“Death has not obliterated the stain imprinted on her character; for Envy, which fastens on Illustrious Names, does not expire; but bequeaths her aspersions to that calumny which Never Dies. “Several Grecian women have cultivated Poetry, with success, but none have hitherto attained to the excellence of Sappho. And among other poets, there are few, indeed, who have surpassed her.”
The moon shone full

And when the maidens stood around the altar…

Poems Of Sappho….

Throned in splendor, immortal Aphrodite!

Child of Zeus, Enchantress, I implore thee

Slay me not in this distress and anguish,

Lady of beauty.

Hither come as once before thou camest,

When from afar thou heard’st my voice lamenting,

Heard’st and camest, leaving thy glorious father’s Palace golden,

Yoking thy chariot. Fair the doves that bore thee;

Swift to the darksome earth their course directing,

Waving their thick wings from the highest heaven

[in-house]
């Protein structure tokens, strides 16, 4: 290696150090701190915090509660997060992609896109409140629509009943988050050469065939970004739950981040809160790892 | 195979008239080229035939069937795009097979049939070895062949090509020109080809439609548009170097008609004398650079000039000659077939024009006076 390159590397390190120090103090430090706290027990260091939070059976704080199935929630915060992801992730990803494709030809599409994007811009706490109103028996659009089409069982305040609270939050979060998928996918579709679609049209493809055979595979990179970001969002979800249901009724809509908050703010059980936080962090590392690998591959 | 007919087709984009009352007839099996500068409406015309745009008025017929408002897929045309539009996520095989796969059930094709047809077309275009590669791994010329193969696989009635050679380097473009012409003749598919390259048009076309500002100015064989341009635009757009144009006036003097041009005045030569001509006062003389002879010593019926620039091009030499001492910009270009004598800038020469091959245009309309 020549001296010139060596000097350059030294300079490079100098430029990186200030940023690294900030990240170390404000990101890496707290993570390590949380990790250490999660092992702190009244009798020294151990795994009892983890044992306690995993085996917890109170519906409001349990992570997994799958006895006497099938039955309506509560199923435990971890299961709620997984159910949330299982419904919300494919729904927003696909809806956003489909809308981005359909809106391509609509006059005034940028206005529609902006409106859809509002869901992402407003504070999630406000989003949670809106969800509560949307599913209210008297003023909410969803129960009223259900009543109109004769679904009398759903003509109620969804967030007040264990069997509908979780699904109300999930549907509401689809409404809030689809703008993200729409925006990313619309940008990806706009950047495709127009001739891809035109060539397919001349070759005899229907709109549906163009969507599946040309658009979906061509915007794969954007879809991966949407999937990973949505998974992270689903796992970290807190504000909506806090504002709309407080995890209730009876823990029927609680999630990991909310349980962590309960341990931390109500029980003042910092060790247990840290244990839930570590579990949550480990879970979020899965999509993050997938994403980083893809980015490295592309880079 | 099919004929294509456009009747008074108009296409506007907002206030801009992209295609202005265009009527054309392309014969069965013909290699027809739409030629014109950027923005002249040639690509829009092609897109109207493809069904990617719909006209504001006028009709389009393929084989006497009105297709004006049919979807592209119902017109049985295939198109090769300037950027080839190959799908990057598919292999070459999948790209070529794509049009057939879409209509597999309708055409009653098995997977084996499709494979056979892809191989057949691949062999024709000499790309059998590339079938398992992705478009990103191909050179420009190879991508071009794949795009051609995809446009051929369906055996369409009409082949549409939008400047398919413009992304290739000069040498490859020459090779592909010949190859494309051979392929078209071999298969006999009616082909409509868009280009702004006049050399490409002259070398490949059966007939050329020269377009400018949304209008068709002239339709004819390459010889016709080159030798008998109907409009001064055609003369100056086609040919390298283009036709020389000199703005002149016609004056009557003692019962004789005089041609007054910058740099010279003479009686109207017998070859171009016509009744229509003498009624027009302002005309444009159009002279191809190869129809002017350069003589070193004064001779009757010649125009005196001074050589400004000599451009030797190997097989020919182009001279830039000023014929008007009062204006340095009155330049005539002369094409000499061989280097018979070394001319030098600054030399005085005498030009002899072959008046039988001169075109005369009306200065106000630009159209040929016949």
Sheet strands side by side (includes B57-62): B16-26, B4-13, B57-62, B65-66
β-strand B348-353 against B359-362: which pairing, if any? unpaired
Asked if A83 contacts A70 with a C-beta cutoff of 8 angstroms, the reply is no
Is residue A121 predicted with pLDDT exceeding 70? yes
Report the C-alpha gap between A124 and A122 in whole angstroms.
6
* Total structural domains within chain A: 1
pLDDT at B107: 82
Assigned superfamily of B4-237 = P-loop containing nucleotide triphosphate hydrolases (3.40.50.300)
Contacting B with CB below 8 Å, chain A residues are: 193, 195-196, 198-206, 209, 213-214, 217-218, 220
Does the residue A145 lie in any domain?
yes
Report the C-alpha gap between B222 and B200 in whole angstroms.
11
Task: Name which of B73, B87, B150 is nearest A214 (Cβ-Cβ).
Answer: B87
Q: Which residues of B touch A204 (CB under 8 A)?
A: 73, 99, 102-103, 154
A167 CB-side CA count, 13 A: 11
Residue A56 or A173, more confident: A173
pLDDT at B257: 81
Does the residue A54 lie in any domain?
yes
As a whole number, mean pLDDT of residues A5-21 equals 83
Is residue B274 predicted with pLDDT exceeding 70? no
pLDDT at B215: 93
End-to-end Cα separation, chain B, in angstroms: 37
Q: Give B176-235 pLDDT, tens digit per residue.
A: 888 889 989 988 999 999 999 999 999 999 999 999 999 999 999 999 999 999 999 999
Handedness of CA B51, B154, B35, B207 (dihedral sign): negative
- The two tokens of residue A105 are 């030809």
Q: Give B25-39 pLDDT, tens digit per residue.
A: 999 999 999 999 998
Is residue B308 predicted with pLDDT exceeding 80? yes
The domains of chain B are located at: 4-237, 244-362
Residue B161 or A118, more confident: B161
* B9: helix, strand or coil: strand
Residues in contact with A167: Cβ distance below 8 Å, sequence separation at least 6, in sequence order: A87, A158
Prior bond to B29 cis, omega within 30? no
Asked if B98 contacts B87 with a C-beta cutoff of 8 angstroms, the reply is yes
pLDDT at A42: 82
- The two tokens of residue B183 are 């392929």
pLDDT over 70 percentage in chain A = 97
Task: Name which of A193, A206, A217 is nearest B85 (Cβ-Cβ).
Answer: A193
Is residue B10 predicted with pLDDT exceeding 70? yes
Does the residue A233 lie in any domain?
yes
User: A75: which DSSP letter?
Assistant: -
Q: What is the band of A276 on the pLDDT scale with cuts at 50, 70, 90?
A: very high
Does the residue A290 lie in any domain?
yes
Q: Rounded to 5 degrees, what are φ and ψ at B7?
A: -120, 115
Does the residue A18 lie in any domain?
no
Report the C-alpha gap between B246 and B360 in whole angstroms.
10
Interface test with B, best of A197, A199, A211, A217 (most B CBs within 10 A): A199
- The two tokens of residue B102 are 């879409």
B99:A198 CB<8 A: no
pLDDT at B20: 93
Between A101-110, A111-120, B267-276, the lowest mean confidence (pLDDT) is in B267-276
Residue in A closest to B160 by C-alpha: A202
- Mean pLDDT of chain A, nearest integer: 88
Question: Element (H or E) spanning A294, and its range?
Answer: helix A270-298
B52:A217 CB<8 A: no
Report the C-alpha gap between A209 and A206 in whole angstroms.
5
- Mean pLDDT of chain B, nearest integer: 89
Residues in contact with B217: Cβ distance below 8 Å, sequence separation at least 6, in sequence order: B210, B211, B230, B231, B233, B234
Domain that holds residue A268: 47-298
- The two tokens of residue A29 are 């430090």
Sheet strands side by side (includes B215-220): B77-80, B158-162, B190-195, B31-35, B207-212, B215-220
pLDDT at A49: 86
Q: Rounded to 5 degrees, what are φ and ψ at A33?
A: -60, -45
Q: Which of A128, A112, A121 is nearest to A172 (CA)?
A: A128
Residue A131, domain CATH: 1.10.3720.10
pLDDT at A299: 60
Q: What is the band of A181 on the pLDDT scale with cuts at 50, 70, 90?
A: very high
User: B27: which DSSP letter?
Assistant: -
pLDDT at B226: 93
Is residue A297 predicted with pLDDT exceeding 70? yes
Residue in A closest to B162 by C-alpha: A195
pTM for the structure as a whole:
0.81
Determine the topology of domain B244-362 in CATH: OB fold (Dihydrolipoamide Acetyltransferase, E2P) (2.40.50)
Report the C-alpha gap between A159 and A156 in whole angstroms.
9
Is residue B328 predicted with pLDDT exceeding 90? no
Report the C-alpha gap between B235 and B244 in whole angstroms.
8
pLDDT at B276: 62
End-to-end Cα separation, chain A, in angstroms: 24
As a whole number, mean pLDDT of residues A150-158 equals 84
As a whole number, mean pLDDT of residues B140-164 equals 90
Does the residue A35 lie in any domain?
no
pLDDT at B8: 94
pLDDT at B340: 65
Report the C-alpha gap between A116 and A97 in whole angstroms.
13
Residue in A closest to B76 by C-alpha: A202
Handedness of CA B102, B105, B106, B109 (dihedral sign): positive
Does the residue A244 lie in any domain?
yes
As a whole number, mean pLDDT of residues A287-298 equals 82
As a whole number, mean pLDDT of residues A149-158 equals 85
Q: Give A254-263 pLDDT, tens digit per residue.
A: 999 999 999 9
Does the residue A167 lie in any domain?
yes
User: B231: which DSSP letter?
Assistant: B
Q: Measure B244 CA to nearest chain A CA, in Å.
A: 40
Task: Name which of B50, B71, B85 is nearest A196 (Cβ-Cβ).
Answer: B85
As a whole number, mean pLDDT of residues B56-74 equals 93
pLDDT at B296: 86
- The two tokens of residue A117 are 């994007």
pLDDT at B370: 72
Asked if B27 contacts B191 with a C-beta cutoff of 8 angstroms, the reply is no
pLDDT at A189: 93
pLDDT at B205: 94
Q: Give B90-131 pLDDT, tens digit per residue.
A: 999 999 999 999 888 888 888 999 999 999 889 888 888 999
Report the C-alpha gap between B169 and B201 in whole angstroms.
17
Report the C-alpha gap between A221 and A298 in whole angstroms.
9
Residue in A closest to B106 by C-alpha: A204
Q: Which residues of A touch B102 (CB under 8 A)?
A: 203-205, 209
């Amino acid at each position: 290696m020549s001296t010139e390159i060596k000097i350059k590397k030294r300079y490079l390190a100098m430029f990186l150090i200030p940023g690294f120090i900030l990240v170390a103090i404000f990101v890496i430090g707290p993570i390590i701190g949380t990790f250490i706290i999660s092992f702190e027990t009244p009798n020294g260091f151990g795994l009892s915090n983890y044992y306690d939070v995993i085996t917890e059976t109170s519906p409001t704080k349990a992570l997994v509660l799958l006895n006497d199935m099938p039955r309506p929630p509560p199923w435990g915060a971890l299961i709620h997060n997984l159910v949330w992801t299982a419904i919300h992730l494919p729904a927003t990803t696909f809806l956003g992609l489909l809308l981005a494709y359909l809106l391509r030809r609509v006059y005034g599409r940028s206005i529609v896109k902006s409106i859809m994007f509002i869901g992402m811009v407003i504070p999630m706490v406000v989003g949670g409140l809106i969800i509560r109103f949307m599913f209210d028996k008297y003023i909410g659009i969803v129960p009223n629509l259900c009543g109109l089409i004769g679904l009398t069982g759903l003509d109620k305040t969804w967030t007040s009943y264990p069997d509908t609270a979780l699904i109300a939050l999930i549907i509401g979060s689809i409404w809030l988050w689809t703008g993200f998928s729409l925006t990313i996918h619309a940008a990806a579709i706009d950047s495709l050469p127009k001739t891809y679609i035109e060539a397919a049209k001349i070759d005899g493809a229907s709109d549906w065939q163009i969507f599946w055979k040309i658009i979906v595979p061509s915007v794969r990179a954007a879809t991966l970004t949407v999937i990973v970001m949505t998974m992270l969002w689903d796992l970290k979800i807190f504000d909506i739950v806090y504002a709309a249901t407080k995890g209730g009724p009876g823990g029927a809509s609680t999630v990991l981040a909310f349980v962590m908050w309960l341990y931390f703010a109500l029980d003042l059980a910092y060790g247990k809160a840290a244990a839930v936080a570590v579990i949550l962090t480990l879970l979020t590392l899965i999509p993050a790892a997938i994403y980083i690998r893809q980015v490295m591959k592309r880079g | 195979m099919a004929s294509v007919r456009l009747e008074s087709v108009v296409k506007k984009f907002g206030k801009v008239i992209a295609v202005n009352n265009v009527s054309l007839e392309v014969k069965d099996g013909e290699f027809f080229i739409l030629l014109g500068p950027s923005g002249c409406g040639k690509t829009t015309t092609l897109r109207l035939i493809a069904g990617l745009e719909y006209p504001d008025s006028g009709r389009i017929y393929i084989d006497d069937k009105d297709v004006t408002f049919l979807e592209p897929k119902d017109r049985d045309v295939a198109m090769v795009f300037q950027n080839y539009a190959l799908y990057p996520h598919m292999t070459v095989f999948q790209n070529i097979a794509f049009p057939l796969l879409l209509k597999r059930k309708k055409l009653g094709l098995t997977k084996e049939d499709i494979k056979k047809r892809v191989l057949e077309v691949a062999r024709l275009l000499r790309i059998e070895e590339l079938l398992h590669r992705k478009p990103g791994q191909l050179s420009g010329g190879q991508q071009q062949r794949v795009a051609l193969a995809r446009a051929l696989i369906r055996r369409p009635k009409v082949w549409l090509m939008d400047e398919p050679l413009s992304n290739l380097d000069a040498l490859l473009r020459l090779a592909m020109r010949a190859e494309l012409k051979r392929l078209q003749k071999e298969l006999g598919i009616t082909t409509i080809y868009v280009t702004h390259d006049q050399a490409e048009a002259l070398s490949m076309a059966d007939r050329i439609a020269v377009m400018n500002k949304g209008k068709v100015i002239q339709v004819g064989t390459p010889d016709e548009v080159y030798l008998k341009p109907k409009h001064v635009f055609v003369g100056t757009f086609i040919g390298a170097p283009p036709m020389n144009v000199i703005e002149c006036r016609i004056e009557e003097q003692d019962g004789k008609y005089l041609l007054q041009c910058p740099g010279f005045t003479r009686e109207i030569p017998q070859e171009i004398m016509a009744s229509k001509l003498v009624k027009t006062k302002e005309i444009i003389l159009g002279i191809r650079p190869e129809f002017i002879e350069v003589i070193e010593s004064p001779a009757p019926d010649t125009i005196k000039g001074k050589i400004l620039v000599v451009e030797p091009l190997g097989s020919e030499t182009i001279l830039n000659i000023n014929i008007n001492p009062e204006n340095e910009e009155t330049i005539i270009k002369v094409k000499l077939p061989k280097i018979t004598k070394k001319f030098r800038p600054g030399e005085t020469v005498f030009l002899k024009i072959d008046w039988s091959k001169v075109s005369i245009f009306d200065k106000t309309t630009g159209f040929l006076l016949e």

Down through the ether.

Quickly they came. Then thou, O blessed goddess,

All in smiling wreathed thy face immortal,

Bade me tell thee the cause of all my suffering,

Why now I called thee;

What for my maddened heart I most was longing.

“Whom,” thou criest, “dost wish that sweet Persuasion

Now win over and lead to thy love, my Sappho?

Who is it wrongs thee?

“For, though now he flies, he soon shall follow,

Soon shall be giving gifts who now rejects them.

Even though now he love not, soon shall he love thee

Even though thou wouldst not.”

Come then now, dear goddess, and release me

From my anguish. All my heart’s desiring

Grant thou now. Now too again as aforetime,

Be thou my ally.

The stars about the lovely moon

Fade back and vanish very soon,

When, round and full, her silver face

Swims into sight, and lights all space.

Blest as the immortal gods is he,